Myrtle Beach's Hard Rock Park breaks ground2006-07-17
By Russell Meyer: Some may say that a park themed solely around rock music will be nothing more than Rock n' Roller Coaster expanded to a whole-park scale. However, designers of the Hard Rock Theme Park, to open in spring 2008 in Myrtle Beach, South Carolina, suggest otherwise. Both Steven Goodwin, CEO of HRP Myrtle Beach Operations LLC, and Oliver Munday, Vice President of Hard Rock International feel that the Hard Rock Park will be an "evolution of theme parks," and a place to "showcase some of the finest pieces" of rock memorabilia.
In fact, Mr. Goodwin and Mr. Munday, along with Mark Sanford, Governor of South Carolina, arrived to the groundbreaking ceremony last week in the Beatles Magic Mystery Tour Bus, which will have its permanent home at the park. The three also shoveled Myrtle Beach sand with custom-made Gibson Guitar shovels to officially break ground for the park's construction. Even Bob Hendrix, cousin of Jimi Hendrix and representative of his estate, was on hand to experience the beginning of what could be a very special theme park.
The $400 million park will be built on 150 acres. It is expected to draw an estimated 30,000 visitors per day and create more than 3,000 jobs, and is the largest single investment in South Carolina history. "Mount Rockmore" – a large sculpture created out of sand, gave attendees of the groundbreaking a taste of what guests can expect from the Hard Rock Park, as likenesses of Elvis Presley, Jimi Hendrix, John Lennon, and Bob Marley presided over the ceremony.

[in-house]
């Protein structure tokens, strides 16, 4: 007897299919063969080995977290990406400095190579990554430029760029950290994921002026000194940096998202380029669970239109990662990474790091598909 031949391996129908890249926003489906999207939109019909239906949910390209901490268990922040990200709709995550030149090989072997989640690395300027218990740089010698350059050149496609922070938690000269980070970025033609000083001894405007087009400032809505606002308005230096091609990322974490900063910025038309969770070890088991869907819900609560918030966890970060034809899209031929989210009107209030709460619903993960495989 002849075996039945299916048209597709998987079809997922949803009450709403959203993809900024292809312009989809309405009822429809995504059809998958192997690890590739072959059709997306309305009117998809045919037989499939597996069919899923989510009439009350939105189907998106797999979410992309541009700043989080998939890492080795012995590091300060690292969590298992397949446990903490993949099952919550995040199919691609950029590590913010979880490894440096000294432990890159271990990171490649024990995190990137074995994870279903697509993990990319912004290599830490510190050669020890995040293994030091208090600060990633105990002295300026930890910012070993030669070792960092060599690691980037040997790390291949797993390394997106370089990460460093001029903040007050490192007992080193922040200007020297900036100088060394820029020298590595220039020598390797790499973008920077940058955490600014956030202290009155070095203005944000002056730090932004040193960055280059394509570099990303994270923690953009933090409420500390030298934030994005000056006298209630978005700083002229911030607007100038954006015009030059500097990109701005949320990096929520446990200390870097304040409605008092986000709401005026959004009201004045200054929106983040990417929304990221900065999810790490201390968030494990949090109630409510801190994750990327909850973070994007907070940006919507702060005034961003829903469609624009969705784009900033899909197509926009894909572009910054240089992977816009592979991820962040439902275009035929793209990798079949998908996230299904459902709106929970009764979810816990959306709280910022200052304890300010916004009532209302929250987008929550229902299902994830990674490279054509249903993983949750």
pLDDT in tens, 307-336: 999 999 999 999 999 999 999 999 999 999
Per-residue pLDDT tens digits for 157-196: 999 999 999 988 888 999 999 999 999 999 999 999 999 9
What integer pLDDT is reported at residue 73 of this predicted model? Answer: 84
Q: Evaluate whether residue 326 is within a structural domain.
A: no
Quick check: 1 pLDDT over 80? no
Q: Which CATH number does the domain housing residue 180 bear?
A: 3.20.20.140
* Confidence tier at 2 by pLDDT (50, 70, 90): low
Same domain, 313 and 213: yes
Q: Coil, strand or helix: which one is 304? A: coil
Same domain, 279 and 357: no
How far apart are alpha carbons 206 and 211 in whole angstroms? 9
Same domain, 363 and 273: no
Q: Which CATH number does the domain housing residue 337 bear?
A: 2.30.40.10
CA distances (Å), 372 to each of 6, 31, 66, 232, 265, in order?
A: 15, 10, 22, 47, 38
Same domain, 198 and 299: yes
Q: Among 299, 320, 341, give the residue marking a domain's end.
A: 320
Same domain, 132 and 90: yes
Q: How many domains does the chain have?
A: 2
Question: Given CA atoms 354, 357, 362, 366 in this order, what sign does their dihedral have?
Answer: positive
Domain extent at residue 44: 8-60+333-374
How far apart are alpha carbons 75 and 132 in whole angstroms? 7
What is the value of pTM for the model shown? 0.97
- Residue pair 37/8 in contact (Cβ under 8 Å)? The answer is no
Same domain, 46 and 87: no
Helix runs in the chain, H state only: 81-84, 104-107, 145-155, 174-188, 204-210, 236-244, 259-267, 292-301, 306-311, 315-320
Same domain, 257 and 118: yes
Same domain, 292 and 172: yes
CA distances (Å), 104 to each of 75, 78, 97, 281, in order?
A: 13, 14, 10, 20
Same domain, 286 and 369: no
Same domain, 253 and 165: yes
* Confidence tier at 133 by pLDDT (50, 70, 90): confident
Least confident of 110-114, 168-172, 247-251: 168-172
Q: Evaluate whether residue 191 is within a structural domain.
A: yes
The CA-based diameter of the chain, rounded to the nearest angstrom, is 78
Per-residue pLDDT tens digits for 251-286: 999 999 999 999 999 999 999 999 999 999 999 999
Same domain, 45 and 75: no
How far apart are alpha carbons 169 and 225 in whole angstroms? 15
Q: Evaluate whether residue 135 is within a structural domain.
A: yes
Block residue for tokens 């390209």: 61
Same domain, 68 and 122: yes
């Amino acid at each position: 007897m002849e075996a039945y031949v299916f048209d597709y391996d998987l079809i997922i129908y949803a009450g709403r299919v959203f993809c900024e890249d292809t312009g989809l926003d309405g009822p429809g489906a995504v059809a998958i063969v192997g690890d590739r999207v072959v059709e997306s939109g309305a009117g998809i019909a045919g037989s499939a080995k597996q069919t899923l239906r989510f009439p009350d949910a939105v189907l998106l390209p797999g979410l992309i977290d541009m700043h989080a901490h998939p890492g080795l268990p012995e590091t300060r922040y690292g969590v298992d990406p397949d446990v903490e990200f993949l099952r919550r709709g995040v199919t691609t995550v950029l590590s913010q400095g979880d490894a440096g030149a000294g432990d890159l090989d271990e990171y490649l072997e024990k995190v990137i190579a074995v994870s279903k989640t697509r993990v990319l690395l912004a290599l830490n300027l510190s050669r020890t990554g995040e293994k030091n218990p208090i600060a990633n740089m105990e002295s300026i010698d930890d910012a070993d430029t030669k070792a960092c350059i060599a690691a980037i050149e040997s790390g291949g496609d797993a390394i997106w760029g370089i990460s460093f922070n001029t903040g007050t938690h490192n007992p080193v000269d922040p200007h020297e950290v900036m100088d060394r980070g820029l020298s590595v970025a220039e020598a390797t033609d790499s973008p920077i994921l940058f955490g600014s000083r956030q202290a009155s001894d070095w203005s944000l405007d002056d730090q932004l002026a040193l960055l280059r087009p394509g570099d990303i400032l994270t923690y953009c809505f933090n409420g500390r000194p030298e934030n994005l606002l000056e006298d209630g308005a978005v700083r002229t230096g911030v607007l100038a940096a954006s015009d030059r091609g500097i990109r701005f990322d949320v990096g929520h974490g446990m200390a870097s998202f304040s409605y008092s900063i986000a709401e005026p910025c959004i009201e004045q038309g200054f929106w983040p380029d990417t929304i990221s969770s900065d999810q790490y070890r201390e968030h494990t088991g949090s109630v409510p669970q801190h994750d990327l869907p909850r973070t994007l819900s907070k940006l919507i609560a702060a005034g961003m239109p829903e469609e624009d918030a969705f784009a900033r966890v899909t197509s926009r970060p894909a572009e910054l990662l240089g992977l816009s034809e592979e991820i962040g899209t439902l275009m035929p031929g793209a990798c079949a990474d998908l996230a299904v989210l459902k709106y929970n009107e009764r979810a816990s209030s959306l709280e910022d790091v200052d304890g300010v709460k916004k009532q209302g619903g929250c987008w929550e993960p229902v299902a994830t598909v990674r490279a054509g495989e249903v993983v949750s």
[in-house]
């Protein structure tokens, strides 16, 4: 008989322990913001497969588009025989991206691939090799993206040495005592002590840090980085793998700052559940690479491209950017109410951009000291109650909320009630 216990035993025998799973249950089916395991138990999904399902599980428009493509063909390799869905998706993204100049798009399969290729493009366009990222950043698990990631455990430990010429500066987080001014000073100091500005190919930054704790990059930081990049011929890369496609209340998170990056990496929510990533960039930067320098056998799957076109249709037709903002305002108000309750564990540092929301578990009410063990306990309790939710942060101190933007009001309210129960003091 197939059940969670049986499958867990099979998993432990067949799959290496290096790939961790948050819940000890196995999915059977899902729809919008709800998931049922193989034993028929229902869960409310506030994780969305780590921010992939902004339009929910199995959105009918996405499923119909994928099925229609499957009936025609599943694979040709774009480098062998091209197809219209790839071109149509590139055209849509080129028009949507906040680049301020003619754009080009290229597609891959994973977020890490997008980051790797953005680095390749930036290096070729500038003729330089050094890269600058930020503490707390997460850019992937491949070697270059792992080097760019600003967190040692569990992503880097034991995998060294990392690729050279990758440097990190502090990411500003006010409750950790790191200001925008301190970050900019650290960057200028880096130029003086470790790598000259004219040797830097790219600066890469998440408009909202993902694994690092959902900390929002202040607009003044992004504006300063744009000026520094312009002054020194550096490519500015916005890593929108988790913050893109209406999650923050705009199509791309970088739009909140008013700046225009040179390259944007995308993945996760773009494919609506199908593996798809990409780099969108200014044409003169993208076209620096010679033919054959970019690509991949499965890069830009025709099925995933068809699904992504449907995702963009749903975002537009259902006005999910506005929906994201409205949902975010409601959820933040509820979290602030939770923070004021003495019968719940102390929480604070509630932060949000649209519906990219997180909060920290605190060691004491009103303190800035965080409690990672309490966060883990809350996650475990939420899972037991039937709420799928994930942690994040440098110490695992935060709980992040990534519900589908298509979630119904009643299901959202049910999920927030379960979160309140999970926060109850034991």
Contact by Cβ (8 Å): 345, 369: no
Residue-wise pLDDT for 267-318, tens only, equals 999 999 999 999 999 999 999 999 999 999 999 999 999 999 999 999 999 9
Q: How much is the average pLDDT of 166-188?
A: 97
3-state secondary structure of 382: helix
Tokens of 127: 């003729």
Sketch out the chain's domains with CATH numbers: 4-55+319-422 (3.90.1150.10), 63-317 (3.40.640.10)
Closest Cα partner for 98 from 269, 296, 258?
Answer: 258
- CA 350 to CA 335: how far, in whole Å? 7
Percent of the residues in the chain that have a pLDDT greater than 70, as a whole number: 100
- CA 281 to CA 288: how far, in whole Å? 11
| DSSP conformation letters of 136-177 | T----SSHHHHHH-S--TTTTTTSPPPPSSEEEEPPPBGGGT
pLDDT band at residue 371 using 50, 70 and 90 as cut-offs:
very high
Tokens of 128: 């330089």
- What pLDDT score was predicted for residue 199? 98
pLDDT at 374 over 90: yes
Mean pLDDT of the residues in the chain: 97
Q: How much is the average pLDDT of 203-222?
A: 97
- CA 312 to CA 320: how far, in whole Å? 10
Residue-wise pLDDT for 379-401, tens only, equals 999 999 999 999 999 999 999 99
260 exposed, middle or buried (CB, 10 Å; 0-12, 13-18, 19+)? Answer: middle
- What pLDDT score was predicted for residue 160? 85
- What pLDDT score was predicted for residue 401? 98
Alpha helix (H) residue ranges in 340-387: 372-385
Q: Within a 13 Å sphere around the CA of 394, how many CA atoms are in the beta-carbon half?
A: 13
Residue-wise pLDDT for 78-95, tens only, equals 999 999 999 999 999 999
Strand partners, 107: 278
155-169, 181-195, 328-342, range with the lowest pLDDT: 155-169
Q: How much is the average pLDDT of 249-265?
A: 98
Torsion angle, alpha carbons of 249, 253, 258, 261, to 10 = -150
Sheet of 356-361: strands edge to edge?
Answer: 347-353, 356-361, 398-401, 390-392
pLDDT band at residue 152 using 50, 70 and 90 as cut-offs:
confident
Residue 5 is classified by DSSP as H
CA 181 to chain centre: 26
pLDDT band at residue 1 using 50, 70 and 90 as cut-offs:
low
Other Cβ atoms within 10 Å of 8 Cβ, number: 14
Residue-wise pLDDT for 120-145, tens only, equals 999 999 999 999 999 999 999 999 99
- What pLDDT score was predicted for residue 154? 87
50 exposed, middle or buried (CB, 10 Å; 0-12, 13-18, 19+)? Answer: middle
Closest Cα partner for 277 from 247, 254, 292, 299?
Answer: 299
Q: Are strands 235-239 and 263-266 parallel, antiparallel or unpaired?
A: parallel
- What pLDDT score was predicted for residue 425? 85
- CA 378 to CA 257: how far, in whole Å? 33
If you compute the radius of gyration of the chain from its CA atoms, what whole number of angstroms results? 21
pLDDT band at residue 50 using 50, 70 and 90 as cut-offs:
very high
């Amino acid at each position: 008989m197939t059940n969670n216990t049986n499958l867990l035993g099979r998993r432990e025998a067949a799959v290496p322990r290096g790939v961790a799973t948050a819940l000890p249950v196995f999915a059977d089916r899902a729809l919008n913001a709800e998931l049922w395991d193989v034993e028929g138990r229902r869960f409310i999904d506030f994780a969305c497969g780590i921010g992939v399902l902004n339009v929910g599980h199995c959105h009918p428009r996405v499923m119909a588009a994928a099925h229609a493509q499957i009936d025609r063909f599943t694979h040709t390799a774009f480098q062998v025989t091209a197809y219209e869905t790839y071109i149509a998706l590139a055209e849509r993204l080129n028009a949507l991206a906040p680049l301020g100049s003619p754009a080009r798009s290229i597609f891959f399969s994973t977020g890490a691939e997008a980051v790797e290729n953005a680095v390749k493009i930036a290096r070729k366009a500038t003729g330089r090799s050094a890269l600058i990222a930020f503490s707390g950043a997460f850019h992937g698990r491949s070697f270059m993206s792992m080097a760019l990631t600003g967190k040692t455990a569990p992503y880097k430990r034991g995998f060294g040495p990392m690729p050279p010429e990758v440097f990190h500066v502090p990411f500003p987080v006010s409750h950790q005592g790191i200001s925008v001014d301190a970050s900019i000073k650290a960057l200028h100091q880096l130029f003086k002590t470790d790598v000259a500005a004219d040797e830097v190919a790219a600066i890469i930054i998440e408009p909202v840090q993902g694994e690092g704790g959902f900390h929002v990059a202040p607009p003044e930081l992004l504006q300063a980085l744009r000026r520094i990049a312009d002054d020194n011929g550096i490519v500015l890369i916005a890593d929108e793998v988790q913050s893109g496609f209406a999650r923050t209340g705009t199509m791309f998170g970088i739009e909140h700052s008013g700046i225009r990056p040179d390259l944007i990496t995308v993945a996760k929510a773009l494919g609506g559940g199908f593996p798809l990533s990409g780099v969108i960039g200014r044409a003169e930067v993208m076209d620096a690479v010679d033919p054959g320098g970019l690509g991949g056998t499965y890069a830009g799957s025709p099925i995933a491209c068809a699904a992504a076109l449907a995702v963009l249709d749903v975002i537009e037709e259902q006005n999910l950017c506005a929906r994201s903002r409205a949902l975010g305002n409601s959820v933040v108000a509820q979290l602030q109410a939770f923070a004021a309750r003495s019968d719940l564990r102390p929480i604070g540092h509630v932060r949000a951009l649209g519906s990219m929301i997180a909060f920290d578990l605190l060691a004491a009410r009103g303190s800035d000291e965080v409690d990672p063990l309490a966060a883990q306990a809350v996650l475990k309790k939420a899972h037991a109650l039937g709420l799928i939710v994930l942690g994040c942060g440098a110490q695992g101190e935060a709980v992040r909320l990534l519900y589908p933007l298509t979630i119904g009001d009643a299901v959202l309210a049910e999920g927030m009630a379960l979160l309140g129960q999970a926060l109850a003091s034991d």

Why build a theme park in Myrtle Beach?
Oliver Munday pointed out to me that Myrtle Beach has an average length of visitor stay that is greater than many tourist destinations in the Unites States, including Orlando. That means that while the millions of visitors to Orlando split their dollars between Disney, Universal, and numerous other destinations, the millions of visitors who visit Myrtle Beach each year will have just one major theme park, along with the typical beach attractions, where they can spend their money. The only difficult task will be to convince families to spend a day or more away from that sand and tantalizing ocean breeze. The lack of competition should help, but can a theme park really be successful just over a mile from one of the most popular beaches on the east coast?
I, along with probably everyone else who visits Theme Park Insider, was most interested in what rides and attractions guests could expect to see in the first major theme park built in the Unites States since Universal's Islands of Adventure debuted in 1999. Much to my chagrin, the Hard Rock Park's designers were rather tight-lipped with details. For more information about parks lands and attractions, including concept art that looks suspiciously like a B&M coaster, visit our Hard Rock Theme Park page.
And let the speculation begin: What happens when you cross a theme park with a Hard Rock Café?
Could we see a 70's Elvis All-You-Can-Eat Buffet restaurant?
How about a Woodstock Mud Wrestling Arena?
What about a dark ride that features animatronic figures incessantly singing #9 from the Beatles White Album?
I highly doubt we'll see anything that cheesy, but it will definitely be a challenging task for park designers to create a rock n' roll theme park that the entire family will find entertaining. I wish the designers the best of luck, and look forward to experiencing the world's first rock n' roll theme park in the spring of 2008.
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